Architecture of epigenetic reprogramming following Twist1-mediated epithelial-mesenchymal transition
- Equal contributors
1 Department of Leukemia, the University of Texas MD Anderson Cancer Center, Houston, TX, USA
2 Department of Medical Oncology, Groupe Hospitalier Pitié - Salpêtrière, Assistance Publique Hopitaux de Paris, Faculty of Medicine Pierre et Marie Curie, Institut Universitaire de Cancérologie, Paris, France
3 Department of Translational Molecular Pathology, The University of Texas MD Anderson Cancer Center, Houston, TX, USA
4 Department of Bioinformatics, the University of Texas MD Anderson Cancer Center, Houston, TX, USA
5 Metastasis Research Center, The University of Texas MD Anderson Cancer Center, Houston, TX, USA
6 Fels Institute for Cancer Research and Molecular Biology, Temple University, Philadelphia, PA, USA
Genome Biology 2013, 14:R144 doi:10.1186/gb-2013-14-12-r144Published: 24 December 2013
Epithelial-mesenchymal transition (EMT) is known to impart metastasis and stemness characteristics in breast cancer. To characterize the epigenetic reprogramming following Twist1-induced EMT, we characterized the epigenetic and transcriptome landscapes using whole-genome transcriptome analysis by RNA-seq, DNA methylation by digital restriction enzyme analysis of methylation (DREAM) and histone modifications by CHIP-seq of H3K4me3 and H3K27me3 in immortalized human mammary epithelial cells relative to cells induced to undergo EMT by Twist1.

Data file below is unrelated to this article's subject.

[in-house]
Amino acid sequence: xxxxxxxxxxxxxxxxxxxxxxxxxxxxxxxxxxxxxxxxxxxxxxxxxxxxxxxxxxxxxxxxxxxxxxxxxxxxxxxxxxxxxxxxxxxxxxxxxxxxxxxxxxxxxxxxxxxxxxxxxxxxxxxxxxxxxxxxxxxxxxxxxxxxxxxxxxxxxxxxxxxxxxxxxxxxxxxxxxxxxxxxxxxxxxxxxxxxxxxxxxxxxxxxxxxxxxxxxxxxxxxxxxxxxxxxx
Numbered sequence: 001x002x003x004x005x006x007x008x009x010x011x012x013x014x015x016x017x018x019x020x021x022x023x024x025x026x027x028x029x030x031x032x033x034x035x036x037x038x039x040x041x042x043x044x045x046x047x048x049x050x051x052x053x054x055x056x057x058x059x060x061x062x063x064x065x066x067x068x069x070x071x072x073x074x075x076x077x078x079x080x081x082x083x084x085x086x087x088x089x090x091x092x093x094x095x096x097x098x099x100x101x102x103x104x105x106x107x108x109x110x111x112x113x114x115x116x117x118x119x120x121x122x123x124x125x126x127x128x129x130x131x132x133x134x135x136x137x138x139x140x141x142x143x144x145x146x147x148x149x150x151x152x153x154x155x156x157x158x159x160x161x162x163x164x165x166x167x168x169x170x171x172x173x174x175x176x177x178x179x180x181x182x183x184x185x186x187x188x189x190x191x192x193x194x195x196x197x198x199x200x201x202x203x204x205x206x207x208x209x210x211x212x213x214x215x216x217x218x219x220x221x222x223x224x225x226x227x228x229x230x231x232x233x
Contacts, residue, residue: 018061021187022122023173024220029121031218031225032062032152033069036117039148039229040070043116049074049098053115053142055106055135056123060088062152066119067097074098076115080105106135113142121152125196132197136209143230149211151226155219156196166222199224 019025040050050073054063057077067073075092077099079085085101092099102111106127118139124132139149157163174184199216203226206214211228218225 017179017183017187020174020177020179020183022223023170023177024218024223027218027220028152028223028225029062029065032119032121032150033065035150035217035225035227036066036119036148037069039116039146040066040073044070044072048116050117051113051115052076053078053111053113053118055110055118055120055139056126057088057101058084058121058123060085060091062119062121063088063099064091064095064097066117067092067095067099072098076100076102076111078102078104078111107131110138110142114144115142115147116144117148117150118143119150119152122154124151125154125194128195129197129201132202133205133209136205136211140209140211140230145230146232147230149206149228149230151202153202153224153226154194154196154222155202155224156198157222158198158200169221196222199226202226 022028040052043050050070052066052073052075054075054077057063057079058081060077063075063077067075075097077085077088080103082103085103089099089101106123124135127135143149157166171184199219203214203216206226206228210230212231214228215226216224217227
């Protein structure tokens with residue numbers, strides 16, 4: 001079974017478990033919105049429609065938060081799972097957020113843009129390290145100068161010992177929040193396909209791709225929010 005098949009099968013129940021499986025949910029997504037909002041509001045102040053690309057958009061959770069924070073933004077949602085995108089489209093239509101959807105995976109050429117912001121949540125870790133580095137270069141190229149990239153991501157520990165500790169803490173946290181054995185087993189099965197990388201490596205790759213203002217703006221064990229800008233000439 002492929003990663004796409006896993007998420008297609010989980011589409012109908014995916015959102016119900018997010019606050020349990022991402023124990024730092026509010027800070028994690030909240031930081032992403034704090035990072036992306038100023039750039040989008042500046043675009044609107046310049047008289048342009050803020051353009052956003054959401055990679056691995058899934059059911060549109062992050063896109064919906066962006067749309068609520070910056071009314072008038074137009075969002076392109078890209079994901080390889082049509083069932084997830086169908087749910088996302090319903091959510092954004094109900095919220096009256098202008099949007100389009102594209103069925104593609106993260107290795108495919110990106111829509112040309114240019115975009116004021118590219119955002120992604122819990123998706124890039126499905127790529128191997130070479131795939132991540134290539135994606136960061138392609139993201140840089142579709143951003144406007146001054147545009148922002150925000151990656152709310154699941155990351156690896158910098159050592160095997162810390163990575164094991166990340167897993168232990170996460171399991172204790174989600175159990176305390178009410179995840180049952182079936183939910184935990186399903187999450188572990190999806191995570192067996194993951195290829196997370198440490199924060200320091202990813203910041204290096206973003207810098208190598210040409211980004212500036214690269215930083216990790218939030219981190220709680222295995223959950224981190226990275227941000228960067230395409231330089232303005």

EMT is accompanied by focal hypermethylation and widespread global DNA hypomethylation, predominantly within transcriptionally repressed gene bodies. At the chromatin level, the number of gene promoters marked by H3K4me3 increases by more than one fifth; H3K27me3 undergoes dynamic genomic redistribution characterized by loss at half of gene promoters and overall reduction of peak size by almost half. This is paralleled by increased phosphorylation of EZH2 at serine 21. Among genes with highly altered mRNA expression, 23.1% switch between H3K4me3 and H3K27me3 marks, and those point to the master EMT targets and regulators CDH1, PDGFRα and ESRP1. Strikingly, Twist1 increases the number of bivalent genes by more than two fold. Inhibition of the H3K27 methyltransferases EZH2 and EZH1, which form part of the Polycomb repressive complex 2 (PRC2), blocks EMT and stemness properties.
Our findings demonstrate that the EMT program requires epigenetic remodeling by the Polycomb and Trithorax complexes leading to increased cellular plasticity. This suggests that inhibiting epigenetic remodeling and thus decrease plasticity will prevent EMT, and the associated breast cancer metastasis.